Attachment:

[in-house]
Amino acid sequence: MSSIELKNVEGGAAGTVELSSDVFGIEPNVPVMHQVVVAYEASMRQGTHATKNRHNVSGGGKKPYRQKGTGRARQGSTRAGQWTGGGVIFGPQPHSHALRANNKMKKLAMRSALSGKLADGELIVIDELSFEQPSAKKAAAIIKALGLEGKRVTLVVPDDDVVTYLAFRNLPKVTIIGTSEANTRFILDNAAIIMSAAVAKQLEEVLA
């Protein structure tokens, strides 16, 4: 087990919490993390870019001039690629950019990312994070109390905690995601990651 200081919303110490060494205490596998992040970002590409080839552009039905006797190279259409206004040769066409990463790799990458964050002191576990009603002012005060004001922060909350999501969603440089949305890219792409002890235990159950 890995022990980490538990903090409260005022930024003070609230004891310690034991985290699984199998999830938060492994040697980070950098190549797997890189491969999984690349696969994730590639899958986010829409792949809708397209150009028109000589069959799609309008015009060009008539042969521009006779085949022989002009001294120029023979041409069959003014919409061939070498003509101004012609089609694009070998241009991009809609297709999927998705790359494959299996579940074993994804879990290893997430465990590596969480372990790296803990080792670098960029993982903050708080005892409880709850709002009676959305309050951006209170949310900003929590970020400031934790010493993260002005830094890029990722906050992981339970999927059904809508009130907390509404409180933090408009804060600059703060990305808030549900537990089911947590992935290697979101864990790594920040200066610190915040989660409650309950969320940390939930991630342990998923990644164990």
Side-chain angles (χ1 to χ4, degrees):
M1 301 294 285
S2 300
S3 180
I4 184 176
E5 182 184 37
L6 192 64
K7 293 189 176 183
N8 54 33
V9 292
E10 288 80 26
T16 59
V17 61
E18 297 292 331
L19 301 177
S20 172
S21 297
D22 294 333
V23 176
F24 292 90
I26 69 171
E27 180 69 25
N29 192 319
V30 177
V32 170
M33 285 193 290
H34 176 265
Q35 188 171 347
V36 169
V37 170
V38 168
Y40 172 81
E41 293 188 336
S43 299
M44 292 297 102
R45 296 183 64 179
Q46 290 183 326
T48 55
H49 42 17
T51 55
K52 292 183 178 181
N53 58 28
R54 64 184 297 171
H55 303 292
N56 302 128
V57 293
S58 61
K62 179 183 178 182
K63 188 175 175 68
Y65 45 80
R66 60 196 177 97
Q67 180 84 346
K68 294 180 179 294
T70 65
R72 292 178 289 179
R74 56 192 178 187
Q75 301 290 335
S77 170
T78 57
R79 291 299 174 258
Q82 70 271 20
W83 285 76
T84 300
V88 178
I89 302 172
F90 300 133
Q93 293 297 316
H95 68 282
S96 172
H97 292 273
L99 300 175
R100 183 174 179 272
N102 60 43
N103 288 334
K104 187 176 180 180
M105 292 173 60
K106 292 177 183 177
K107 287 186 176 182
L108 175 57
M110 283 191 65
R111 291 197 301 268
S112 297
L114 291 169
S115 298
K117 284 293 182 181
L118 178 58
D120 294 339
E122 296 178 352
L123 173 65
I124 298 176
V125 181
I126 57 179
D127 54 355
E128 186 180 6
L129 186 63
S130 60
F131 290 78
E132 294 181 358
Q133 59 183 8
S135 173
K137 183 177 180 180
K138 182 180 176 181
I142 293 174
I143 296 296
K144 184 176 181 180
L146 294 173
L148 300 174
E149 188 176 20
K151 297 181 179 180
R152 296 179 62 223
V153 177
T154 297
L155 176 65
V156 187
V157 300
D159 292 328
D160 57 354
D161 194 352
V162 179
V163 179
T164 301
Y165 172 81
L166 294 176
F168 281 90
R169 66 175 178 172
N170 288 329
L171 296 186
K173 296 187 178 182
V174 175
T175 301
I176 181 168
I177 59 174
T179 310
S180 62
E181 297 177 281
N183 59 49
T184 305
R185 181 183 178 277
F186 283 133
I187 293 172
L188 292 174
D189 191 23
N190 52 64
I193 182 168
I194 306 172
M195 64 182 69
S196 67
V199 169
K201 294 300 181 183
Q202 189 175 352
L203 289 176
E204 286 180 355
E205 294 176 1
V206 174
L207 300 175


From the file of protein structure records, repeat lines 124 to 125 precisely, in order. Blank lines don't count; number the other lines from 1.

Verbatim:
T164 301
Y165 172 81